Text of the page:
Leave it to the kids to inspire and bring the team back to life, out of the doldrums, and stop the bleeding that was beginning to flow instead of trickle. When these three are clicking, it can be poetry in motion. The way they work, pass, shoot, finish, it makes my heart soar like Timothy Leary’s mind in 1967.

Just imagine what we have to look forward to as they mature and gain experience.

Tonight was a feel-good story for a change. A big win, led by the youngsters. Love the feel-good stories.

Brendan Gallagher opened the scoring in the second period, but the Islanders tied it soon after with Francis Bouillon in the box for holding. But two Habs power play markers, one by Lars Eller and another by Michael Bournival, and it was 3-1 after two.

In the third period, New York edged closer with a power play goal, but the Canadiens iced it with a lovely Gallagher to Eller to Galchenyuk display, and folks at the Bell went home happy and Michel Therrien went home with his 250th NHL win.

Random Notes:

Tomas Plekanec was sent to the box in the second period for face-off violation. Maybe it was explained on RDS and I just don’t understand French well enough, but I didn’t get it. It seemed to me that Pleks stepped on a stick and went down. And as far as face-off violation goes, I thought it only meant players cheating in the circle and such. I’m hoping someone will clear this up for me. I’m not afraid to admit this is something new to me.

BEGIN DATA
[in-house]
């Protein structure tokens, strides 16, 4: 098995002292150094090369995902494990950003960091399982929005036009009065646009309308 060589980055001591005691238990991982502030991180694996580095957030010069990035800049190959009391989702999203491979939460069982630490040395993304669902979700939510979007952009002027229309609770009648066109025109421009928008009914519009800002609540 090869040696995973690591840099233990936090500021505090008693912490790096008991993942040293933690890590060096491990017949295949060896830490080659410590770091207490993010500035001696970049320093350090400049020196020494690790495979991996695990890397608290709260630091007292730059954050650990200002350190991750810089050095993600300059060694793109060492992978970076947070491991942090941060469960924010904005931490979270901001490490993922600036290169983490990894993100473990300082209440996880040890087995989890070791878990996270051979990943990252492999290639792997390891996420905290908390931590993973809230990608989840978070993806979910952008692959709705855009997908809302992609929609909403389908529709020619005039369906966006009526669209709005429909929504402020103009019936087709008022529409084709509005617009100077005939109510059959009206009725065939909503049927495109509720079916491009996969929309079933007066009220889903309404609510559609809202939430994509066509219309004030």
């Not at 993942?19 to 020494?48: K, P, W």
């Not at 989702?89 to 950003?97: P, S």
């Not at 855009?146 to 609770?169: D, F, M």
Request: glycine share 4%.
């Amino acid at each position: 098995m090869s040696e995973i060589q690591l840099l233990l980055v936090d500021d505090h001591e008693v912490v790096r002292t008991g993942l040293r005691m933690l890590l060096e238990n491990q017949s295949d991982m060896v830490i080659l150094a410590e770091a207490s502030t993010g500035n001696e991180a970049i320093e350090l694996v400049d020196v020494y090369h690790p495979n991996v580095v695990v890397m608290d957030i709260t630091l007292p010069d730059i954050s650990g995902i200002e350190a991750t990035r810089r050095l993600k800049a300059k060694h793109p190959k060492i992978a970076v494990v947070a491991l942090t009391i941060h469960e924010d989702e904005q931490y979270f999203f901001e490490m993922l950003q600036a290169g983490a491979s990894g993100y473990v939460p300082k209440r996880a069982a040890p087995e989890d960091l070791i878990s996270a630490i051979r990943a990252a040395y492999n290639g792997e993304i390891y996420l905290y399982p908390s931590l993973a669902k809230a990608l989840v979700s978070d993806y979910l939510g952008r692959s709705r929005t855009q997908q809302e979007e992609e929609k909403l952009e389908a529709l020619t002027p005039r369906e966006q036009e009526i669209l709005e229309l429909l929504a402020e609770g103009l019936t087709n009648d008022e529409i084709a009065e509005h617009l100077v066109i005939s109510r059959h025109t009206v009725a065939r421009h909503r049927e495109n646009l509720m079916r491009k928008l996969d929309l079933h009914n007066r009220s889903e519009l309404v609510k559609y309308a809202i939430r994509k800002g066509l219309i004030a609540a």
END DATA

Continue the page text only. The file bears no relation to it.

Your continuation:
Travis Moen left in the second period, apparently with a virus. Maybe he has to cook his hamburgers a little longer.

PK Subban was motoring all evening and playing like we know and love.

Shots on goal – Montreal 31, Isles 26.

Love these 6 pm games. Not too early, not too late.

Next up – Thursday when the Lightning come to town. Hopefully the kids and their inspirational play will set things in motion and the Canadiens come out breathing fire.

Alexei Emelin might finally be back in action on Tuesday. Here’s hoping.

 

 

Therrien Likes Things Drab

Geez, I hope this doesn’t hurt my stick boy chances.

What do I think about the seemingly never-ending P.K. Subban/Michel Therrien saga?

I personally believe PK drives Therrien crazy, only because Therrien is an idiot who believes PK should be harnessed and talks too much and doesn’t deserve more ice time or playing for Team Canada in the Olympics because Therrien never really grew out of his grade eight mentally or understanding that some people just have high-level personalities. Unlike him.

It’s a personality conflict that would make this coach dislike PK even if he was nothing more than his next door neighbour.

Therrien might also feel he’s getting into Marc Bergevin’s good books by not showcasing him and possibly keeping PK’s bucks from being sky-high when it’s time for a brand new contract. Kind of a brown-nosing, self-serving approach.

Why does the entire hockey world wonder what Therrien’s doing with this young stud? Because like I said, there’s a strong chance the guy’s an idiot.

And what was so wrong with PK and Price’s triple low-five?

“I always like teams who are humble” Therrien said back then when he banned the triple low-five. “It’s a team concept. It starts with that. In life, I think you have to be humble. And we have to respect the game. We have to respect the other team. And we have to respect our fans.”

PK’s personality almost certainly rubs this guy the wrong way. Something will have to give soon.

Random Notes: